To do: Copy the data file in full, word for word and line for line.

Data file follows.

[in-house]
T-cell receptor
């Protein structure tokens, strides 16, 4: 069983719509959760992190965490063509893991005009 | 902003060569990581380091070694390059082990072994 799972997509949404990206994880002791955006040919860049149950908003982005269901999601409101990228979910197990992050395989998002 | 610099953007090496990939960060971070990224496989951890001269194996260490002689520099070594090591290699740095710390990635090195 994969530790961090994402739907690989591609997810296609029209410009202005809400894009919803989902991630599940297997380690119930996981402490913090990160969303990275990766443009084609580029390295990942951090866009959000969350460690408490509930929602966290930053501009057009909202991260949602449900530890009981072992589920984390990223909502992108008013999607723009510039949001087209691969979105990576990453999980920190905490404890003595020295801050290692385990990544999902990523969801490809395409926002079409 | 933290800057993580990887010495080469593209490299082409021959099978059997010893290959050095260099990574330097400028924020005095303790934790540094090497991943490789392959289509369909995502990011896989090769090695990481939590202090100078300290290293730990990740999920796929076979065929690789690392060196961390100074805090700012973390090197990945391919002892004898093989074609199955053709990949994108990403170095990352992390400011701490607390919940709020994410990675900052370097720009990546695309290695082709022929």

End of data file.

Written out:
[in-house]
T-cell receptor
């Protein structure tokens, strides 16, 4: 069983719509959760992190965490063509893991005009 | 902003060569990581380091070694390059082990072994 799972997509949404990206994880002791955006040919860049149950908003982005269901999601409101990228979910197990992050395989998002 | 610099953007090496990939960060971070990224496989951890001269194996260490002689520099070594090591290699740095710390990635090195 994969530790961090994402739907690989591609997810296609029209410009202005809400894009919803989902991630599940297997380690119930996981402490913090990160969303990275990766443009084609580029390295990942951090866009959000969350460690408490509930929602966290930053501009057009909202991260949602449900530890009981072992589920984390990223909502992108008013999607723009510039949001087209691969979105990576990453999980920190905490404890003595020295801050290692385990990544999902990523969801490809395409926002079409 | 933290800057993580990887010495080469593209490299082409021959099978059997010893290959050095260099990574330097400028924020005095303790934790540094090497991943490789392959289509369909995502990011896989090769090695990481939590202090100078300290290293730990990740999920796929076979065929690789690392060196961390100074805090700012973390090197990945391919002892004898093989074609199955053709990949994108990403170095990352992390400011701490607390919940709020994410990675900052370097720009990546695309290695082709022929």